AS: The character’s really not too far off of me, I think. There’s a lot of this that’s like, these things have happened in my life before. Like, the song “Dust Kids” is based on when I read this book about young kids remembering their past lives and then I proceeded to drunkenly tell everyone about it at the bar. So, I made that into a song. That one’s pretty real life-based. They’re all snippets from real life and exaggerated moments.
EM: I was intrigued by your Christian pop-punk past. How old were you when you were in Captain?
AS: That was during high school and a year or two after. I was young; I really liked playing the drums really loud and breaking drums and symbols for some reason. I kinda grew out of that part, though. I grew up in the church and...when I was really young, like six or seven, I started playing drums with the church band.
EM: What do you think your parents or former church family think of your new album? Have you gotten any worried feedback or anything?
AS: Well, I’m pretty disconnected from the church these days, but my parents are proud of me. I think they like this new album because it’s a little more upbeat. I know my grandma has always wanted me to write some happier songs so. Hopefully this one is happy enough (laughs).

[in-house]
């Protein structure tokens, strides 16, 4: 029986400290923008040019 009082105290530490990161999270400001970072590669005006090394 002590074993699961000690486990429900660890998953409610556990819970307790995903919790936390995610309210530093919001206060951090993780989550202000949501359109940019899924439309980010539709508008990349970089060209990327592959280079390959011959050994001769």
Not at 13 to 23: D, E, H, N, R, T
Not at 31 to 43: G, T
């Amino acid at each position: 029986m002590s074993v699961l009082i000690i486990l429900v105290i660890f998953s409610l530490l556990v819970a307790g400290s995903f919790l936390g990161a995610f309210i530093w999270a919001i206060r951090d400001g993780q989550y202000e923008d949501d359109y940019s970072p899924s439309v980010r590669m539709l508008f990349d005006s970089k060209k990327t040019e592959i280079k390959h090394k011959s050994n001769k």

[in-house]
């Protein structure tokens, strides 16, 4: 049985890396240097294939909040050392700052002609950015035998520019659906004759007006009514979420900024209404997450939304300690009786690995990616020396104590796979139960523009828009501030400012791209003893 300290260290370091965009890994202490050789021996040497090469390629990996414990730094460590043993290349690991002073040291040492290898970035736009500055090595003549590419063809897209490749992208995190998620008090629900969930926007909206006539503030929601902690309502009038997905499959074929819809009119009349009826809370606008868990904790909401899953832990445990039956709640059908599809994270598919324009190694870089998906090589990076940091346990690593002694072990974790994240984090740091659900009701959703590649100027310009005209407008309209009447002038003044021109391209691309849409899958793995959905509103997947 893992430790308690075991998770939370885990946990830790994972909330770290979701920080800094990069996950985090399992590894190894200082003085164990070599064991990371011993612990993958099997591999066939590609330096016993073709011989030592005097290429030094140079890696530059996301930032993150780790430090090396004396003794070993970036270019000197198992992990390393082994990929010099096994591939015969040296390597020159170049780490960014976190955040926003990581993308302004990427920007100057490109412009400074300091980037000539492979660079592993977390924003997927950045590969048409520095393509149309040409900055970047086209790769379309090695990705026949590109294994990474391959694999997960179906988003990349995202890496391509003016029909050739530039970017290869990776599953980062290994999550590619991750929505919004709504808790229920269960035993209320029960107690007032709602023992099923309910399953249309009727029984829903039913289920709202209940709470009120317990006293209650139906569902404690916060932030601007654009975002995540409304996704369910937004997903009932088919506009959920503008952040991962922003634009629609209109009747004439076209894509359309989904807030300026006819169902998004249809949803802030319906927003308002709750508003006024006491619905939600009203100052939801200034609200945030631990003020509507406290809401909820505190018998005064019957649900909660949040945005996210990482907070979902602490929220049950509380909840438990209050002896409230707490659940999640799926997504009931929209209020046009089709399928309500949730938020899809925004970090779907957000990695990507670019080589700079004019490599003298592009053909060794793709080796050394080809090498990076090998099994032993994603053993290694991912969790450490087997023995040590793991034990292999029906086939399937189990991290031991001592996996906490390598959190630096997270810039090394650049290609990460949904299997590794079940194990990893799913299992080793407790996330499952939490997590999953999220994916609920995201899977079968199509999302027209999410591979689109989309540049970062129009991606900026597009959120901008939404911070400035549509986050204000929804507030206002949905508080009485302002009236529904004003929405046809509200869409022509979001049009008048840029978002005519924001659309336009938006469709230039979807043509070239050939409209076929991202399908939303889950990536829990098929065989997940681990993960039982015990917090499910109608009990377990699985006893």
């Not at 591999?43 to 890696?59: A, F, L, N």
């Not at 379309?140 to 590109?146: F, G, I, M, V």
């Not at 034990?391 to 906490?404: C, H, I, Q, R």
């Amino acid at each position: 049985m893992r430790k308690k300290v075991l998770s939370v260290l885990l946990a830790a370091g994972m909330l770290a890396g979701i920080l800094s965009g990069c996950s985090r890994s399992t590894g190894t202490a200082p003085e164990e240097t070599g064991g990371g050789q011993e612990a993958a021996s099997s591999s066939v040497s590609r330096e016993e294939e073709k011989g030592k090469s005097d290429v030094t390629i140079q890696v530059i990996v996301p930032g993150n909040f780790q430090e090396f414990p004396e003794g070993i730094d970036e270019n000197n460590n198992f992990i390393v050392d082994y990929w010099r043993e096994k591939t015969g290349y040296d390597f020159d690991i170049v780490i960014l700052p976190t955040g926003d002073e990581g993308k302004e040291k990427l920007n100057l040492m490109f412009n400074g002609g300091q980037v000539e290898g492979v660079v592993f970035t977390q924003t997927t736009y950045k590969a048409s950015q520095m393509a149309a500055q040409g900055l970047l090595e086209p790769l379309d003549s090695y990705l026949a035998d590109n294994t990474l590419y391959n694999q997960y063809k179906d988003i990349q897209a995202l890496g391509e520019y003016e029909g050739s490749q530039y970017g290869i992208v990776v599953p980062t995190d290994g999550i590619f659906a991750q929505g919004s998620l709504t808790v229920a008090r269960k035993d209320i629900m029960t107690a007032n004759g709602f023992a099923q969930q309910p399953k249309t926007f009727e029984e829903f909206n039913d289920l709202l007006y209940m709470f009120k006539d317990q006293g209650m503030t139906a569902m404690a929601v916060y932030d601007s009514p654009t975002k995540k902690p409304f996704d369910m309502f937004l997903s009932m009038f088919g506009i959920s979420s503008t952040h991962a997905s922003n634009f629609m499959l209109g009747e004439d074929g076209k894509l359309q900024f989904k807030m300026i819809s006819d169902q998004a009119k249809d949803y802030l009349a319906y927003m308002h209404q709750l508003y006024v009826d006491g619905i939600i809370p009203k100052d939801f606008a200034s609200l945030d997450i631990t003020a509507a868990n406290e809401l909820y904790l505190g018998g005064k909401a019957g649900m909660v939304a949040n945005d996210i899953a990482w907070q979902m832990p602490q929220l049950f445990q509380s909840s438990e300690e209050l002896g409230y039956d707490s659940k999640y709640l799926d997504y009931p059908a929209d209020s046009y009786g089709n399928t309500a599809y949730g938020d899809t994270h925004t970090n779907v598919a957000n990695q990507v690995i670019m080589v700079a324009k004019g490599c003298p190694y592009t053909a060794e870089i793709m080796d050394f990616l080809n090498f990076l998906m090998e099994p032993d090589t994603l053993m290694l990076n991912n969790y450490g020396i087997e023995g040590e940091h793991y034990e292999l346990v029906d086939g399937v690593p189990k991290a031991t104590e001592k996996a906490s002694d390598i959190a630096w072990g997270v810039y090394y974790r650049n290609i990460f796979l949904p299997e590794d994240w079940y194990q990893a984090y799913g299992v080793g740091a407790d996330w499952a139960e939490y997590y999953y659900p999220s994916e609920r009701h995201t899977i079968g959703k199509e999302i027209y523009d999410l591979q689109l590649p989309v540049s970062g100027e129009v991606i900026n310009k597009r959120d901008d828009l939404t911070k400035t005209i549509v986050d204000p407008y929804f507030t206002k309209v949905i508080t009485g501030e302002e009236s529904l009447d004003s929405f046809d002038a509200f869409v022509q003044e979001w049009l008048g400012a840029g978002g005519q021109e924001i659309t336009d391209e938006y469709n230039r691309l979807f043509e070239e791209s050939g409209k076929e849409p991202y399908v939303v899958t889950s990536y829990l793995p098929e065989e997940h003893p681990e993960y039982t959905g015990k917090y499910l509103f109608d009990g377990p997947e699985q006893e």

EM: Rob Schnapf mixed this album--were there any surprises in the studio? Creation anecdotes, either with Rob or in the music writing process in general?
AS: Yeah, when Rob was mixing it I was mostly sitting on the couch playing video games on my phone. (laughs). So yeah, he just kind of made it sound good and asked me if I liked it. But as far as surprises? I was touring a lot while I was trying to finish this last record and so the last time I got to go home and really finish everything up before we sent this to Rob, I felt like something was missing tonally. My friend who also uses my studio, had an alto sax in there. And I’d never really played sax, it’s pretty similar to clarinet but I’ve never felt confident in it but I decided to put that on a couple of songs and it actually sounded okay! Made the record, and I was surprised.
EM: Nice surprise! Which songs have alto?
AS: “Neon Skyline” and “Things I Do.” It kind of just sounds like a clarinet but I know it’s a sax.
EM: Did you do high school band or are you a self-taught musician?
AS: No, I didn’t do high school band. My mom bought me a clarinet probably about ten years ago now. Right before the album before The Party she bought me one and I kind of figured out how to play it. Having one more thing to make a textural difference on songs was nice. So yeah, I stuck with that.
EM: So clarinet was your first woodwind instrument?
AS: Yeah. I think it’s the easiest one. But I don’t want to say that to real clarinet players.
EM: Have you ever picked up a flute?
AS: I have one now. And it’s hard! I think it’s hardest one. Having to adjust your whole posture. I really want to learn a brass instrument, maybe a trumpet or something but I think that might actually be the hardest. I tried to play a trombone before and it just sounded like someone spitting through a pipe.
EM: You know, I was curious to hear your speaking voice. It sounds like you have an accent when you sing--but you don’t really! Is that inflection just the way your ear follows the music? Is this a weird question?